The stores are located at prominent sites in the heart of the community, allowing those who are otherwise excluded from mainstream financial services to access responsible lending in a supported and financially integrated way.
In partnership with NAB and the Victorian State Government, over the past three years the three Good Money stores in Victoria have written more than 2,400 loans for clients, with 1,128 of them written in 2014-15, as well as 5,573 confidential financial conversations.
This year saw continued investment from the Victorian Government of $1.6 million. This will ensure that NILS and StepUP loans, the AddsUp matched savings program, as well as referrals to financial counselling and other community services remain available to people in the surrounding areas of Collingwood, Dandenong and Geelong.
I was reading the Cairns Post and saw an advertisement for the StepUP loan. I really wanted a car. I needed it for my independence, so I thought I would get in touch and that's how I met Julie.
Julie has helped me a lot. She's a very, very kind-hearted lady and has a nice sense of humour. She's very easy to get along with and I am very happy to have met her, we have become good friends.
I'm a pensioner now. I would like to work, but no one wants to employ me – I am over the hill I guess! So, for me having a car is very important it makes me independent. It also saves me a lot of time and I can go anywhere I want, whenever I want. I wouldn't be where I am today without my car. I wouldn't be happy.
Financial organisations around Australia have made it very difficult for low income earners to have a loan or borrow money to meet their requirements.
We all have requirements for making life a little easier – a car is very important to everybody, particularly in Cairns where public transport is not very efficient and it's not possible to get everywhere you'd like to go.
These programs change people's lives. Not just by making essential items possible but by helping keep vulnerable clients away from payday lenders. I've seen them openly prey on people up here.
The hardest part of my job is saying no to clients when you can see they are really in need but you still have to say no. They rarely leave with nothing though. I can go through their bank statements and make suggestions where they can avoid fees or save money. Some clients act on that, they sort themselves out and when they come back with their finances more streamlined I'm able to take a new application to the loan committee and show they've taken my advice on board and followed through with it.
I can also help when they produce their income statement. I can see if they're getting the proper payment. For a lot of people as long as there is a payment every fortnight, they understand that they've been paid – regardless of the fact it may be incorrect.
Robert was someone who took my advice. I could see he was prepared to work with the program. I admire his honesty and his commitment. In this job I really enjoy the building of relationships with people, and Robert and I get along really well.
I probably do a lot more for clients than I am required to, but I can't let them walk out the door when I can see they're being ripped off. You find that if you don't do anything about it when you have them in front of you, once they walk out the door you may never see them again.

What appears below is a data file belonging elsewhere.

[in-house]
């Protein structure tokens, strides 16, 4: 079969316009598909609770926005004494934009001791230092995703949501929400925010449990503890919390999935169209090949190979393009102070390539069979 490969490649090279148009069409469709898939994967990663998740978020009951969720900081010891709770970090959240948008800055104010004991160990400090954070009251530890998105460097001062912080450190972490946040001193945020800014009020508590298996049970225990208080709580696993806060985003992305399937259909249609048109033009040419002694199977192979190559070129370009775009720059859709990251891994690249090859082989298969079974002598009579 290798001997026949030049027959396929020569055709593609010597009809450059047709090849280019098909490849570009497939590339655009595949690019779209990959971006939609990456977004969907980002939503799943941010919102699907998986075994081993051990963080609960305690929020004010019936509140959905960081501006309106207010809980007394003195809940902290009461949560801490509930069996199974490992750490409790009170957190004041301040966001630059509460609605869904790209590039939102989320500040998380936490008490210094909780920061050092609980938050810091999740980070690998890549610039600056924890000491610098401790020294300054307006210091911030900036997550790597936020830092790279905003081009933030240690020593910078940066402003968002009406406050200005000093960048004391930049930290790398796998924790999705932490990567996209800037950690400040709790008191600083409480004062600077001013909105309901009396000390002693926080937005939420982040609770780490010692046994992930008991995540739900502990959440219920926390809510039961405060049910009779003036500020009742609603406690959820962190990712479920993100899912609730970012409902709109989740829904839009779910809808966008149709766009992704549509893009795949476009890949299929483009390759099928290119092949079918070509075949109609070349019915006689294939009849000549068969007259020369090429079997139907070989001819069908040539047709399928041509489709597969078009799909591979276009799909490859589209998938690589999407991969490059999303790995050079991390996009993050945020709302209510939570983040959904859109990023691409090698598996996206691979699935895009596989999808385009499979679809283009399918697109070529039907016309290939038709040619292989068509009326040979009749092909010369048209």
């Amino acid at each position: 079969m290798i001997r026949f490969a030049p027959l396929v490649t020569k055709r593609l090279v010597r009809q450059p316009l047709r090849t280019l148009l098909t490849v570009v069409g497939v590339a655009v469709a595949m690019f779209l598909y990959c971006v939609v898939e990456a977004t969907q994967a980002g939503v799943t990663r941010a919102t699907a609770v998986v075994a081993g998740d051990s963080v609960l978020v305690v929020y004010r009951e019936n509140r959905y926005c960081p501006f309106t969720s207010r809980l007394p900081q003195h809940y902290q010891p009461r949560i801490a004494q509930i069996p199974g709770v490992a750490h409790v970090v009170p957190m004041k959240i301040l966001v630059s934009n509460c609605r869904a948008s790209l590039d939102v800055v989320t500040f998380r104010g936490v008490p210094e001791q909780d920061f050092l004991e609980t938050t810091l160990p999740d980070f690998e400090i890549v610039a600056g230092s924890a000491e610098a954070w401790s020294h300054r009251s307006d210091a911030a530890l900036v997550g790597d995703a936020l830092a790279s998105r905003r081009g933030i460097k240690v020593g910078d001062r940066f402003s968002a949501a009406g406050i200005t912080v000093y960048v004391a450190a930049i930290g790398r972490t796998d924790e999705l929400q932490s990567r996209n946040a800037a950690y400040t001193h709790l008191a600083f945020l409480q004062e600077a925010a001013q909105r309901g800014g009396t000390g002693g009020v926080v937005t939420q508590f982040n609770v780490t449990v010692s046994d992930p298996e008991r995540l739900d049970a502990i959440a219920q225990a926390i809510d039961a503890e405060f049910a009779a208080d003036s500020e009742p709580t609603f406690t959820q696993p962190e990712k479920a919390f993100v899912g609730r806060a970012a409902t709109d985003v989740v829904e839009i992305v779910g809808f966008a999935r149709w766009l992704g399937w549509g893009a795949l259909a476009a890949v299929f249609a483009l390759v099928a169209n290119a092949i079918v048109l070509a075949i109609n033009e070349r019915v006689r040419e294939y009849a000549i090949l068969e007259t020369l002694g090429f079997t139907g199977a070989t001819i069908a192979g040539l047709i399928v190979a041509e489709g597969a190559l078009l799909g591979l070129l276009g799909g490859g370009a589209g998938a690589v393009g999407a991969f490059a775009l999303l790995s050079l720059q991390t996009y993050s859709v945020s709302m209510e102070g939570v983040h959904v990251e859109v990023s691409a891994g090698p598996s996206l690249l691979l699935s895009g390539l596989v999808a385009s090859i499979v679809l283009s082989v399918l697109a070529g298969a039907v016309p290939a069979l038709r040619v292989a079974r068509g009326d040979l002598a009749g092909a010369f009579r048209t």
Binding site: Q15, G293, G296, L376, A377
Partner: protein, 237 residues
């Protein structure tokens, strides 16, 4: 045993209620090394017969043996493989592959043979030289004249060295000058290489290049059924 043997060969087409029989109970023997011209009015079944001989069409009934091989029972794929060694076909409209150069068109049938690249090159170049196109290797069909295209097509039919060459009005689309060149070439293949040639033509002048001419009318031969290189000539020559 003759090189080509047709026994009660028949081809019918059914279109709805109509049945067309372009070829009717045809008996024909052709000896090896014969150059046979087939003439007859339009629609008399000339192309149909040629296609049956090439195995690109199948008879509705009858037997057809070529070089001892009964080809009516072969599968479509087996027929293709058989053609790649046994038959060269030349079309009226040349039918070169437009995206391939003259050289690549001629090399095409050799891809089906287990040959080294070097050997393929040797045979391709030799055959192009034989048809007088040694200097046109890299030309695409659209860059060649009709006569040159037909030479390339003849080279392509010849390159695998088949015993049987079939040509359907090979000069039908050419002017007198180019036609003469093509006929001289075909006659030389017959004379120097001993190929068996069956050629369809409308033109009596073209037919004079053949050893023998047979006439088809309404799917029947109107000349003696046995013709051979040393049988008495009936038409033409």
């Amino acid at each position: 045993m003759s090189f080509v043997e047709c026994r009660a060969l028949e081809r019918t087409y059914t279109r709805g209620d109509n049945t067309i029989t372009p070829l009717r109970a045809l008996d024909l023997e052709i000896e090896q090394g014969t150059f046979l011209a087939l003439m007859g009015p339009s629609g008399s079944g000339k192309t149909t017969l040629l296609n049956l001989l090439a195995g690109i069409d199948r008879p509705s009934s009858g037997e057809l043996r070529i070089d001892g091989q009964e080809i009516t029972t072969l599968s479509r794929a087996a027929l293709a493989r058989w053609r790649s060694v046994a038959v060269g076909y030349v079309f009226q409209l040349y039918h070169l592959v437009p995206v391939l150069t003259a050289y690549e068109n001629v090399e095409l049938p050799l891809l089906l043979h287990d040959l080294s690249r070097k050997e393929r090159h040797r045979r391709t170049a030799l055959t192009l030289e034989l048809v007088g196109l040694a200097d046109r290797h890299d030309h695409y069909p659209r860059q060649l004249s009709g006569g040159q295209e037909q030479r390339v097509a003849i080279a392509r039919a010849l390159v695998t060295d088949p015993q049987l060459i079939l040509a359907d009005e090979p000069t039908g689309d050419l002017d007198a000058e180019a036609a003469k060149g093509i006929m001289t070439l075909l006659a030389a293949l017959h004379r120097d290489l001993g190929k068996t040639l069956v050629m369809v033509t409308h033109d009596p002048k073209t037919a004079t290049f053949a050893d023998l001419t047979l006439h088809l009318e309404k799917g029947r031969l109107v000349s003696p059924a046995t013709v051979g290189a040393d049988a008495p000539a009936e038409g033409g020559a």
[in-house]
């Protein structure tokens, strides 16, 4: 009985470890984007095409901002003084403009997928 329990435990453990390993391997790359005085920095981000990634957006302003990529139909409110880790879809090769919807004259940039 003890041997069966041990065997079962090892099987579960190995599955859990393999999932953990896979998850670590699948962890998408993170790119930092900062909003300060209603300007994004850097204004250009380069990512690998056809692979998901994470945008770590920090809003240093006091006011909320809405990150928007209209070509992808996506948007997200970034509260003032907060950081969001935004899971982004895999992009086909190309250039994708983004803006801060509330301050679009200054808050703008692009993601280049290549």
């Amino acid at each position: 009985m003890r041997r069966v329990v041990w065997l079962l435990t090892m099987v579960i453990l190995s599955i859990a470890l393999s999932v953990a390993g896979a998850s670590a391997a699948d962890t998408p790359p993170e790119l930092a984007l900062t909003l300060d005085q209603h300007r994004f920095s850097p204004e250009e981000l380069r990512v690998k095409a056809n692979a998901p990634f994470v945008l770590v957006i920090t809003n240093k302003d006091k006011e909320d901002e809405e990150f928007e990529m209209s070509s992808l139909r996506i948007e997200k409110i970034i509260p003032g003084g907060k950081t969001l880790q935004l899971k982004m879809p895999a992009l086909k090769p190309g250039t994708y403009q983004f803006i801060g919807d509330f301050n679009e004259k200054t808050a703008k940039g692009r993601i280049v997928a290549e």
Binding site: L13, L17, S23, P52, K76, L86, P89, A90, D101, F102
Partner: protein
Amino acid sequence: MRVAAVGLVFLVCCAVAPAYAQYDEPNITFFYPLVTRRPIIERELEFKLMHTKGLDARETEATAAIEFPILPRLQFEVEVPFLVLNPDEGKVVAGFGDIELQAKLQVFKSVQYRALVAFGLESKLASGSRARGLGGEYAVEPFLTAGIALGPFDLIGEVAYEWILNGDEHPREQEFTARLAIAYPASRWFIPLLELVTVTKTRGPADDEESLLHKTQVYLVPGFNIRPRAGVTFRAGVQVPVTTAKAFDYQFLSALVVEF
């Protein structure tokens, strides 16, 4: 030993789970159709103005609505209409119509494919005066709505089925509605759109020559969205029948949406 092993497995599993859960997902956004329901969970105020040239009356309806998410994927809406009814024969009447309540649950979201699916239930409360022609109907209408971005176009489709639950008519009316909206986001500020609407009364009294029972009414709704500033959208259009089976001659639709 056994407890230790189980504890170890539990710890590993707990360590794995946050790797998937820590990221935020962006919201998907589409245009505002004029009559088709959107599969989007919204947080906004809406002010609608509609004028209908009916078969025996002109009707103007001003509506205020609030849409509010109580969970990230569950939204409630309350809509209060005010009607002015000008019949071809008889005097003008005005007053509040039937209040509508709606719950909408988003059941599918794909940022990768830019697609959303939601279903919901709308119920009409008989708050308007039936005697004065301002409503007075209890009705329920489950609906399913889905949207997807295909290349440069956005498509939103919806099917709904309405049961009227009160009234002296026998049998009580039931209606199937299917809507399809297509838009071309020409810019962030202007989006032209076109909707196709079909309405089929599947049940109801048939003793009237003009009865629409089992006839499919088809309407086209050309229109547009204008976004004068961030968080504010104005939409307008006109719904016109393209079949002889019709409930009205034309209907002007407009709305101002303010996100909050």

Shelter Housing Action Cairns (SHAC)
I used to work in the community sector. I studied for a Diploma in Community Welfare and became a Community Welfare Officer. I used to refer people to NILS, showing them how to apply and helping them through the application process.
After an accident, I had to take early retirement from work. Since then I've been living on a disability pension which means I've had to be careful with my money.
I needed a new fridge. I wanted something bigger and more modern, but it was a lot of money to pay out in one go and I couldn't afford it on my income. And then I remembered NILS loans!
I think it was meant to be that I met Damien. From memory he was only new then. He was very understanding and had that empathy, took in everything you said. Actually, from the day I first walked in everyone there was so nice.
Damien took me through the paperwork and within a couple of days I had the loan. Like I said he was very pleasant and understanding. Some people can work in jobs like that, some can't.
After having to leave your job – when you had no choice about it, you feel like everything has gone. When I was successful in getting that loan, it picked me up. I felt I was in control again.
Before working in Microfinance I'd been working in investment banking in London. Then gradually I came to the realisation I didn't want to do that anymore. I didn't want to sacrifice my own values, for the company.
When Muhammad Yunus won the Nobel Prize I started researching Microfinance and joined the Microfinance Club UK. I attended seminars and heard experts from around the world come and speak about microfinance. Then I completed a university course and eventually moved back to Australia.
I started working at GSNZ as a NILS officer. The best part of my job was seeing the difference the product makes in the clients' lives. It's really rewarding.
Norma was the second or third client I'd ever had. She said she was quite nervous. She used to be a community worker herself, so she was normally the one sitting in my seat. She was very proactive and had all the information very organised and she managed her money very well. She said afterwards that the process was actually a lot easier and less scary than she was expecting.
Norma is very committed to helping people, you know that just by talking to her. She's had some bad experiences, but now she's out there making a difference as well and making our work a lot easier.
I've realised the loans and the conversations as well, have an extensive impact beyond just the approval process. You see people are really happy when they're offered a loan, but I guess you don’t see or quantify all the other things that go with it – like the injection of confidence.
Good Shepherd Australia New Zealand
NAB and Good Shepherd Microfinance have developed a valued and trusted partnership to build financial capability and foster financial inclusion.
We share a goal to reach one million people with microfinance by 2018. NAB's investment in our partnership is valued at more than $8 million including $2 million in direct program funding.